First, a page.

______________________________________DATAPeak force       Normal    Out______________________________________Left foot:1       12% B.W.     20% B.W.  -8%2       neutral3       18% B.W.     12% B.W.  +6%4       23% B.W.     20% B.W.  +3%5       16% B.W.     14% B.W.  +2%6       14% B.W.     8% B.W.   +6%7       neutral8       neutral9       15% B.W.     16% B.W.  -1%10      13% B.W.     16% B.W.  -3%Right foot:1       16% B.W.     20% B.W.  -4%2       neutral3       14% B.W.     12% B.W.  +2%4       20% B.W.     20% B.W.  0%5.      14% B.W.     14% B.W.  0%6       11% B.W.     8% B.W.   +3%7.      neutral8.      neutral9       14% B.W.     16% B.W.  -2%10      15% B.W.     16% B.W.  -1%______________________________________

The data was obtained by using the well known Langer measuring equipment, however it is expected that other such equipment would also provide useful data from which suitable soles could be constructed.

Mean

ST=0.35

D=187*0.35

D=65.5 lbs/sq inch

AMOUNT OF P FOR MEAN

ID=100 lbs/sq. inch

P(D)=100-65.5

P(D)=34.5

MEAN FILLER

The cushioning needed for D is obtained by adding 34.5 parts [P(D)] to every 400 parts of E

D=E+[P(D)*[E/400]]

So for 600 grams of E

34.5*600/400=51.75

You would add 51.75 grams of P

CHAMBER FILLER

The cushioning needed for a chamber D(C) is obtained by multiplying the out of norm load (PW) (plus or minus) by the total weight (W). Then multiplying that result by the parts of P needed per pound per sq. inch cushioning. Then adding that to the mean P(D).

D(C)=E+[P(D)*[E/400]]+[[P*CW*PW]]*[E/400]]
APPLICATION TO TEST CASE

Each batch will have a 600 gram amount of E. Also a ratio of 1 part P to modify 400 parts E by 1 lb. per sq. inch of cushioning. Results will be rounded to the nearest hundredth gram. Neutral chambers will be filled with mean compressive strength elastomer.

______________________________________chamber        E batch  Total P______________________________________Left foot1              600 gr   29.31 gr2              600 gr   51.75 gr3              600 gr   78.58 gr4              600 gr   60.17 gr5              600 gr   57.36 gr6              600 gr   78.58 gr7              600 gr   51.75 gr8              600 gr   51.75 gr9              600 gr   48.94 gr10             600 gr   43.33 grRight foot1              600 gr   40.08 gr2              600 gr   51.75 gr3.             600 gr   57.36 gr4              600 gr   60.17 gr5              600 gr   51.75 gr6              600 gr   60.17 gr7              600 gr   51.75 gr8              600 gr   46.14 gr10             600 gr   48.94 gr______________________________________

Construction of the soles with the described material in the identified chambers resulted in soles which compensated for the user's weight bearing pattern. While the tests were conducted for a walking shoe, tests for athletic and other special purpose shoes can be expected to develop useful data which can be used to manufacture soles for use in such shoes.

It will thus be seen that soles have been provided with which the objects of the invention are achieved.

Patent Citations
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Referenced by
Citing PatentFiling datePublication dateApplicantTitle
US5170572 *May 31, 1991Dec 15, 1992Insole Control, Inc.Tripod support insole
US5255753 *May 19, 1992Oct 26, 1993Honda Giken Kogyo Kabushiki KaishaFoot structure for legged walking robot
US5282288 *Sep 28, 1992Feb 1, 1994Nubreed CorporationAthletic shoe with interchangeable elements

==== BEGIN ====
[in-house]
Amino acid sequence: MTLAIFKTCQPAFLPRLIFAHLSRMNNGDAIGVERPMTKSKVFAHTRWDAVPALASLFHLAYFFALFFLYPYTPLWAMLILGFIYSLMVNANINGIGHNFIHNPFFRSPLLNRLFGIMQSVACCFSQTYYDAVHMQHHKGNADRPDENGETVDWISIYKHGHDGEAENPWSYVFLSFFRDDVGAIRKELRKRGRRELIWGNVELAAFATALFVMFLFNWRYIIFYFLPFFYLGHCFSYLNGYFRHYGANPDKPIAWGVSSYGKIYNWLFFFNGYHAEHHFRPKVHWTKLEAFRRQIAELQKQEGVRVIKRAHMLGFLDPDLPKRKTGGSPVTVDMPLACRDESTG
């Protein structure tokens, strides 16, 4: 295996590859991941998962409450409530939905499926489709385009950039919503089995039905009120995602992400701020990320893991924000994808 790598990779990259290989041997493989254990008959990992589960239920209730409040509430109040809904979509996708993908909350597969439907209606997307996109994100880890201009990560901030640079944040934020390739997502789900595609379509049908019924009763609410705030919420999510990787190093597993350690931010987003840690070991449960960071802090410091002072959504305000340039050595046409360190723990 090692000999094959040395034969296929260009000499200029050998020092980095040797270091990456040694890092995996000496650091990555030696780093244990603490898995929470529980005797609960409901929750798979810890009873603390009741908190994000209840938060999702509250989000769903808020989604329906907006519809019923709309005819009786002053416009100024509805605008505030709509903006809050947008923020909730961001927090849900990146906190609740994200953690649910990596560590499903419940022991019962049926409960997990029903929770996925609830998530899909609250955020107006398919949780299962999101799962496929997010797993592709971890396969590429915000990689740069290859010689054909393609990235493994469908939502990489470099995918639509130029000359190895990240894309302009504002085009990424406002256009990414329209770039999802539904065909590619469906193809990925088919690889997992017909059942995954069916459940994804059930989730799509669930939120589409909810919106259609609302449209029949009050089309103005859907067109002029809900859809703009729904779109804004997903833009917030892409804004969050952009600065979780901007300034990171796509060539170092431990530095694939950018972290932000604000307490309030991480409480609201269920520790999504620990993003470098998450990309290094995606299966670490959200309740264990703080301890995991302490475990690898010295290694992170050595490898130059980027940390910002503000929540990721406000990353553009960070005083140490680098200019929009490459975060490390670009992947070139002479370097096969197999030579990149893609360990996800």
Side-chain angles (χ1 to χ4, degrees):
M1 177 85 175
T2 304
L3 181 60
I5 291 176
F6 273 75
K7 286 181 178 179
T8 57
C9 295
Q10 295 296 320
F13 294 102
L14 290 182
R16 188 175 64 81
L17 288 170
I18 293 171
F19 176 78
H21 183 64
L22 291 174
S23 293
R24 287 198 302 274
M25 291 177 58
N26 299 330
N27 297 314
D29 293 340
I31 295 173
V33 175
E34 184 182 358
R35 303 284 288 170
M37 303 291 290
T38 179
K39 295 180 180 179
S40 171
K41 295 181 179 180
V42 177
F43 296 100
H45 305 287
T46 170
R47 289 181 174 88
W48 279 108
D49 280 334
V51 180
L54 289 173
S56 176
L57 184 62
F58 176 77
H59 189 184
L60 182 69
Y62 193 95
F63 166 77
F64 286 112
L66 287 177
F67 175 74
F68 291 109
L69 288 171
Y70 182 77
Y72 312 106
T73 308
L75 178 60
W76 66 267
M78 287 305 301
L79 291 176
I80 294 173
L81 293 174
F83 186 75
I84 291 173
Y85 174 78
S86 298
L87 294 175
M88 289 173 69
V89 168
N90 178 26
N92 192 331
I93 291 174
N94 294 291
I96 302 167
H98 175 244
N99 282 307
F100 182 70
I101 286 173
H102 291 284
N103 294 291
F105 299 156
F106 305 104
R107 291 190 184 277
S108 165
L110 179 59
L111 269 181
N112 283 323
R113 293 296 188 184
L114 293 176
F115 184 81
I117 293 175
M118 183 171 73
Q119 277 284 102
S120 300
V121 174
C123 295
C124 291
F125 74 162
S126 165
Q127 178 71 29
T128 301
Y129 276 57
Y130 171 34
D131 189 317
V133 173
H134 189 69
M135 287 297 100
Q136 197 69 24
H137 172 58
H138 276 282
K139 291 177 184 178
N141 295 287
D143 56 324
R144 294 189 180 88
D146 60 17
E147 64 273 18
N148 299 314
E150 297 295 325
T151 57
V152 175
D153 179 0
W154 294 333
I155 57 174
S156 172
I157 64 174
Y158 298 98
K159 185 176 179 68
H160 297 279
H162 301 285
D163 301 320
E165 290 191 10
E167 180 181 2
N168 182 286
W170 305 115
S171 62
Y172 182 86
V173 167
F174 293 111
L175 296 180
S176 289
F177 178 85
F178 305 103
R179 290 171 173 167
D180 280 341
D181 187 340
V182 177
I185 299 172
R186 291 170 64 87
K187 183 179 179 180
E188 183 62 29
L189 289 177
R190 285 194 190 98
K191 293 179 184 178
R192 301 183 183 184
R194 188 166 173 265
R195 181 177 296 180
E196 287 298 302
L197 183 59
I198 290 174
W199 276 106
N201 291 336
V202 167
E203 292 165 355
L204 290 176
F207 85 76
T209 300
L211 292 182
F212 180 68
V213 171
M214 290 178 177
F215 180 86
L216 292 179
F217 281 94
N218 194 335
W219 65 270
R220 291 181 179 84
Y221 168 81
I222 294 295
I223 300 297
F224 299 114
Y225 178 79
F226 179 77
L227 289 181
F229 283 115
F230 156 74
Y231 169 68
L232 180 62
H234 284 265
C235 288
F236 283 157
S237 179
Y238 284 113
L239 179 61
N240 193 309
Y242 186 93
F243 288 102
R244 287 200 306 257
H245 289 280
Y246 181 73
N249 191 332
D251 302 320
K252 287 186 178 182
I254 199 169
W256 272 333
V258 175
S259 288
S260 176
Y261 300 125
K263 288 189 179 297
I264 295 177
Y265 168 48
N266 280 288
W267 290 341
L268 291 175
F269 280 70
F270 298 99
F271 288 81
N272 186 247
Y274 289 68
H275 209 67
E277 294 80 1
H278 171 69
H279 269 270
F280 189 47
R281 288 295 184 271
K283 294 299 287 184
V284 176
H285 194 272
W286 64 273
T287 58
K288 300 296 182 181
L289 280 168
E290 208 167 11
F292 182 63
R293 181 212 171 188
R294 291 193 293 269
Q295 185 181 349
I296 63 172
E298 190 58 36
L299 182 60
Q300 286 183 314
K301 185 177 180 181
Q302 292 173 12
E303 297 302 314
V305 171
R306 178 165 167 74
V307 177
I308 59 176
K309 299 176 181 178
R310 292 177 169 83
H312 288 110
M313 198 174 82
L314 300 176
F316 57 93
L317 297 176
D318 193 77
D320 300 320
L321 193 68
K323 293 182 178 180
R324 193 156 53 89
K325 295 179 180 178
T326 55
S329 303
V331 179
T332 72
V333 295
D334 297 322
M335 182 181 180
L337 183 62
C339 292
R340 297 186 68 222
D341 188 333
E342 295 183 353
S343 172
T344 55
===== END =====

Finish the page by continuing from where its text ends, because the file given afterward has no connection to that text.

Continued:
US5282328 *Jul 9, 1992Feb 1, 1994Peterson Technology TrustCustom foot beds for footwear
US5313717 *Dec 20, 1991May 24, 1994Converse Inc.Reactive energy fluid filled apparatus providing cushioning, support, stability and a custom fit in a shoe
US5678566 *Sep 13, 1995Oct 21, 1997Diagnostic Thermographics, Inc.Method and apparatus of thermographic evaluation of the plantar surface of feet
US5768803 *May 15, 1996Jun 23, 1998Levy; Dodd M.Adjustable insole for support of painful foot areas
US6393731Jun 4, 2001May 28, 2002Vonter MouaImpact absorber for a shoe
US6745499May 24, 2002Jun 8, 2004Reebok International Ltd.Shoe sole having a resilient insert
US6918883Jun 18, 2003Jul 19, 2005Cannon Research Institute Of Carolinas Medical CenterSock for detection of pressure points on feet
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US7350320Mar 31, 2006Apr 1, 2008Adidas International Marketing B.V.Structural element for a shoe sole
US7401419Feb 3, 2006Jul 22, 2008Adidas International Marketing B.V,Structural element for a shoe sole
US7644518Feb 25, 2008Jan 12, 2010Adidas International Marketing B.V.Structural element for a shoe sole
US7954259Apr 4, 2007Jun 7, 2011Adidas International Marketing B.V.Sole element for a shoe
US8122615Jul 2, 2008Feb 28, 2012Adidas International Marketing B.V.Structural element for a shoe sole
US8555529Apr 28, 2011Oct 15, 2013Adidas International Marketing B.V.Sole element for a shoe
US8667715 *Oct 7, 2010Mar 11, 2014Santtro, LlcOrthotic devices and methods for manufacturing same
US20100101111 *Oct 24, 2008Apr 29, 2010Mcdonnell KevinMultistructural support system for a sole in a running shoe
US20110083345 *Oct 7, 2010Apr 14, 2011Santopietro Frank JOrthotic devices and methods for manufacturing same
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Classifications
U.S. Classification36/28, 36/88, 36/140, 36/30.00A, 36/44
International ClassificationA43B13/40, A43B13/18
Cooperative ClassificationA43B7/1465, A43B13/40, A43B13/186
European ClassificationA43B7/14A30R, A43B13/18A5, A43B13/40
Legal Events
DateCodeEventDescription
May 19, 1998FPExpired due to failure to pay maintenance fee
Effective date: 19980311
Mar 8, 1998LAPSLapse for failure to pay maintenance fees
Oct 14, 1997REMIMaintenance fee reminder mailed
Mar 2, 1994SULPSurcharge for late payment
Mar 2, 1994FPAYFee payment
Year of fee payment: 4
Nov 12, 1993REMIMaintenance fee reminder mailed